- "ISIS Species Holdings, Microcebus murinus". International Species Information System (ISIS). 2009. Retrieved 25 March 2009.[permanent dead link]
- Kraus, C.; Eberle, E.; Kappeler, P.M. (2008). "The costs of risky male behaviour: sex differences in seasonal survival in a small sexually monomorphic primate". Proc. R. Soc. B. 275 (1643): 1635–1644. doi:10.1098/rspb.2008.0200. PMC . PMID 18426751.
- Perret, M. (1998). "Energetic Advantage of Nest-Sharing in a Solitary Primate, the Lesser Mouse Lemur (Microcebus murinus)". Journal of Mammalogy. 49 (4): 1093–1102. doi:10.2307/1383001.
- Ganzhorn, J.; Schmid, J. (1998). "Different Population Dynamics of Microcebus murinus in Primary and Secondary Deciduous Dry Forests of Madagascar". International Journal of Primatology. 19 (5): 785–796. doi:10.1023/A:1020337211827.
- Mittermeier, R.A.; et al. (2006) "Chapter 1: Origin of the lemurs", pp. 23–26
- Yoder, A.D.; Yang, Z. (2004). "Divergence dates for Malagasy lemurs estimated from multiple gene loci: geological and evolutionary context" (PDF). Molecular Ecology. 13 (4): 757–773. doi:10.1046/j.1365-294X.2004.02106.x. PMID 15012754.
- Ali, J.R.; Huber, M. (2010). "Mammalian biodiversity on Madagascar controlled by ocean currents". Nature. 463 (7281): 653–6. Bibcode:2010Natur.463..653A. doi:10.1038/nature08706. PMID 20090678. Lay summary (20 January 2010).
- Dammhahn, M.; Kappeler, P.M. (2009). "Scramble or contest competition over food in solitarily foraging mouse lemurs (Microcebus spp.): New insights from stable isotopes". American Journal of Physical Anthropology. 141 (2): 181–189. doi:10.1002/ajpa.21129. PMID 19591211.
- Macdonald, D. (2006). "Primates". The Encyclopedia of Mammals. The Brown Reference Group plc. p. 319. ISBN 0-681-45659-0.
- Zimmermann, E.; Vorobieva, E.; Wrogemann, D.; Hafen, T. (2000). "Use of vocal fingerprinting for specific discrimination of gray (Microcebus murinus) and rufous mouse lemurs (Microcebus rufus)". International Journal of Primatology. 21 (9): 837–852. doi:10.1023/A:1005594625841.
- Braune, P.; Schmidt, S.; Zimmermann, E. (2008). "Acoustic divergence in the communication of cryptic species of nocturnal primates (Microcebus ssp.)" (PDF). BMC Biology. 6: 19. doi:10.1186/1741-7007-6-19. PMC . PMID 18462484.
- Eberle, M.; Perret, M.; Kappeler, P.M. (2007). "Sperm Competition and Optimal Timing of Matings in Microcebus murinus". International Journal of Primatology. 28 (6): 1267–1278. doi:10.1007/s10764-007-9220-y.
- Eberle, M.; Kappeler, P. (2004). "Selected polyandry: female choice and inter-sexual conflict in a small nocturnal solitary primate (Microcebus murinus)". Behavioral Ecology and Sociobiology. 57 (1): 91–100. doi:10.1007/s00265-004-0823-4.
- Hämäläinen, A.; Dammhahn, M.; Aujard, F.; Eberle, M.; Hardy, I.; Kappeler, P.M.; Perret, M.; Schliehe-Diecks, S.; Kraus, C. (2014). "Senescence or selective disappearance? Age trajectories of body mass in wild and captive populations of a small-bodied primate". Proceedings of the Royal Society B: Biological Sciences. 281 (1791): 20140830. doi:10.1098/rspb.2014.0830. PMC .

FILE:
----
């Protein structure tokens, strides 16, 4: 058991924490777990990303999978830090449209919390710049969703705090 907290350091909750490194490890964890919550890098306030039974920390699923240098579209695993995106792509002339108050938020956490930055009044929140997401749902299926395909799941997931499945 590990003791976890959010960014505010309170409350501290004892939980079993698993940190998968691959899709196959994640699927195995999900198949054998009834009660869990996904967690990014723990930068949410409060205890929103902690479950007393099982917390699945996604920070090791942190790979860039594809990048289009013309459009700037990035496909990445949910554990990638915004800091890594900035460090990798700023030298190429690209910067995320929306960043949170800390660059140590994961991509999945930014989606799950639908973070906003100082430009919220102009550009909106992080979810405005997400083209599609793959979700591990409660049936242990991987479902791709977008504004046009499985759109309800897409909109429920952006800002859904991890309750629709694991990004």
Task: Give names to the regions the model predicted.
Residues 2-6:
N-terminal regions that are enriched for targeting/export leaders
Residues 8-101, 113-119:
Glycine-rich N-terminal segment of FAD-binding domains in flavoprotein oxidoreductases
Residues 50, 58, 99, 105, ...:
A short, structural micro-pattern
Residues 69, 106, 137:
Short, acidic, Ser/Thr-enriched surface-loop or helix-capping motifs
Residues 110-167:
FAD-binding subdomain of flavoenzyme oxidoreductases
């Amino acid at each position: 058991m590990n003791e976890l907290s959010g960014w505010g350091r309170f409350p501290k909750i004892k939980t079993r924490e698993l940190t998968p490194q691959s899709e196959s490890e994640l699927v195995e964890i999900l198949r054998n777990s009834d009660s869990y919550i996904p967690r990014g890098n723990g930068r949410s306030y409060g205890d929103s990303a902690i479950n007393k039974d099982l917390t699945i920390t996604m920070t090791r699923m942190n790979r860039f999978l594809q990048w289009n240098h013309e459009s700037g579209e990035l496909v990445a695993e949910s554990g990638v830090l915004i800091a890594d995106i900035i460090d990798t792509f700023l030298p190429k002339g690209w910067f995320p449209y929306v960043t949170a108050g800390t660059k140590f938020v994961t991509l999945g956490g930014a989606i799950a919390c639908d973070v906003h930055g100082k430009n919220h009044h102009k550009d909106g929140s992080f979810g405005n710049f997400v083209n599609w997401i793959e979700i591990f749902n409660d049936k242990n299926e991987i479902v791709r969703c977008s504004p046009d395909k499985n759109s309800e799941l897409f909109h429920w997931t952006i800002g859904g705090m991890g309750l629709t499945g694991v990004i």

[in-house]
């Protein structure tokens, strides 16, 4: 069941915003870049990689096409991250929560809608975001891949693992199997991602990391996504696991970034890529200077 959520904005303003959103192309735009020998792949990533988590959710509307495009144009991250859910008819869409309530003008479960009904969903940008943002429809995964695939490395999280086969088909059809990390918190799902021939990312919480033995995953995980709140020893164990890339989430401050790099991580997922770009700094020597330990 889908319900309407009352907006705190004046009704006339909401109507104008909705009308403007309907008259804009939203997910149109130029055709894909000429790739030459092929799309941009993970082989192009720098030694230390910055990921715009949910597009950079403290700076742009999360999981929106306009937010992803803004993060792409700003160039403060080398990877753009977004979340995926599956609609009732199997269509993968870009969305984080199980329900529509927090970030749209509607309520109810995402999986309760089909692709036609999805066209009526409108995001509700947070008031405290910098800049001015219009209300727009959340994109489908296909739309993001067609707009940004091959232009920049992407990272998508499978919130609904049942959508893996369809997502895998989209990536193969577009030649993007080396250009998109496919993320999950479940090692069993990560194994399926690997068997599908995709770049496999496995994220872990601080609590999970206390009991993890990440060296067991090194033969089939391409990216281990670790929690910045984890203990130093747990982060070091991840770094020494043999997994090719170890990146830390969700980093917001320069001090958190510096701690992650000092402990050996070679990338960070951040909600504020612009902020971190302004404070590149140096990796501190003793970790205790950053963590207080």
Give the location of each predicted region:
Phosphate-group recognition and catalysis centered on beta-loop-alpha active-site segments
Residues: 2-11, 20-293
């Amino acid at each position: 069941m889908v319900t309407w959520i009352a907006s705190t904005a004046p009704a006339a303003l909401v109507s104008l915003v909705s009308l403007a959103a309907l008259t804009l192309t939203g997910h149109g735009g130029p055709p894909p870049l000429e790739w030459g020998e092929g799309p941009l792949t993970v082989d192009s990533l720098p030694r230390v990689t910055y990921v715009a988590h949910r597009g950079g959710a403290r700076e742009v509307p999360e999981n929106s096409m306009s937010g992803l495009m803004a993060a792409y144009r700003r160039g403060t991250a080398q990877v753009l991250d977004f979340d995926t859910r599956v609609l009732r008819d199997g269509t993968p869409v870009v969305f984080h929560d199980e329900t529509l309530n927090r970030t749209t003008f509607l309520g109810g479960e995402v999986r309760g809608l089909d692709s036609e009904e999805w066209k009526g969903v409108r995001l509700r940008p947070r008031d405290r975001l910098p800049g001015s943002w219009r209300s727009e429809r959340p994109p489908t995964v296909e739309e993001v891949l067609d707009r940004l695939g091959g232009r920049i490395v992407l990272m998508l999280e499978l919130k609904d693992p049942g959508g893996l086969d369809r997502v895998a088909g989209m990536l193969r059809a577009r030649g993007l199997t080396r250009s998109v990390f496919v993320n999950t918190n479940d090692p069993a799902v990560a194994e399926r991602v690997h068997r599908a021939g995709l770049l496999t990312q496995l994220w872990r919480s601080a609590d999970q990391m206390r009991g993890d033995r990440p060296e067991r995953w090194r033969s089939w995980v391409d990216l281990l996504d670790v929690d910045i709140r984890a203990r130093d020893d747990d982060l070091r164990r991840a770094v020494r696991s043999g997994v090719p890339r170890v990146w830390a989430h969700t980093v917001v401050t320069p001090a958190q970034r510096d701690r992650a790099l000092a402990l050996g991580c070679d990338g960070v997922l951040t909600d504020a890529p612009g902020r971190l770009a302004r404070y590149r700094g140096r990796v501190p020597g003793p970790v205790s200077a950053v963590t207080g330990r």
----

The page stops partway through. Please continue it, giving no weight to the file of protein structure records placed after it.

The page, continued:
- Schmid, J.; Kappeler, P.M. (1998). "Fluctuating sexual dimorphism and differential hibernation by sex in a primate, the gray mouse lemur (Microcebus murinus)". Behavioral Ecology and Sociobiology. 43 (2): 125–132. doi:10.1007/s002650050474.
- Eberle, M.; Kappeler, P. (2006). "Family insurance: kin selection and cooperative breeding in a solitary primate (Microcebus murinus)". Behavioral Ecology and Sociobiology. 60 (4): 582–588. doi:10.1007/s00265-006-0203-3.
- "UNEP-WCMC Species Database: CITES-Listed Species, Microcebus murinus". United Nations Environment Programme – World Conservation Monitoring Centre. 2009. Retrieved 29 March 2009.
- Raharivololona, M.; Ganzhorn, J. (2009). "Gastrointestinal parasite infection of the Gray mouse lemur (Microcebus murinus) in the littoral forest of Mandena, Madagascar: Effects of forest fragmentation and degradation". Madagascar Conservation & Development. 4 (2): 103–112. doi:10.4314/mcd.v4i2.48650.
- Giroud, S.; Perret, M.; Stein, P.; Goudable, J.; Aujard, F.; Gilbert, C.; Robin, J.P.; Maho, Y.L.; et al. (2010). Bartell, Paul A., ed. "The Grey Mouse Lemur Uses Season-Dependent Fat or Protein Sparing Strategies to Face Chronic Food Restriction". PLoS ONE. 5 (1): e8823. Bibcode:2010PLoSO...5.8823G. doi:10.1371/journal.pone.0008823. PMC . PMID 20098678.
- Giroud, S.; Blanc, S.; Aujard, F.; Bertrand, F.; Gilbert, C.; Perret, M. (2008). "Chronic food shortage and seasonal modulations of daily torpor and locomotor activity in the grey mouse lemur (Microcebus murinus)". American Journal of Physiology. Regulatory, Integrative and Comparative Physiology. 294 (6): R1958–R1967. doi:10.1152/ajpregu.00794.2007. PMID 18434438.
- Mittermeier, R.A.; Konstant, W.R.; Hawkins, F.; Louis, E.E.; et al. (2006). Lemurs of Madagascar. Illustrated by S.D. Nash (2nd ed.). Conservation International. ISBN 1-881173-88-7. OCLC 883321520.
|Wikispecies has information related to gray mouse lemur|
Media related to Microcebus murinus at Wikimedia Commons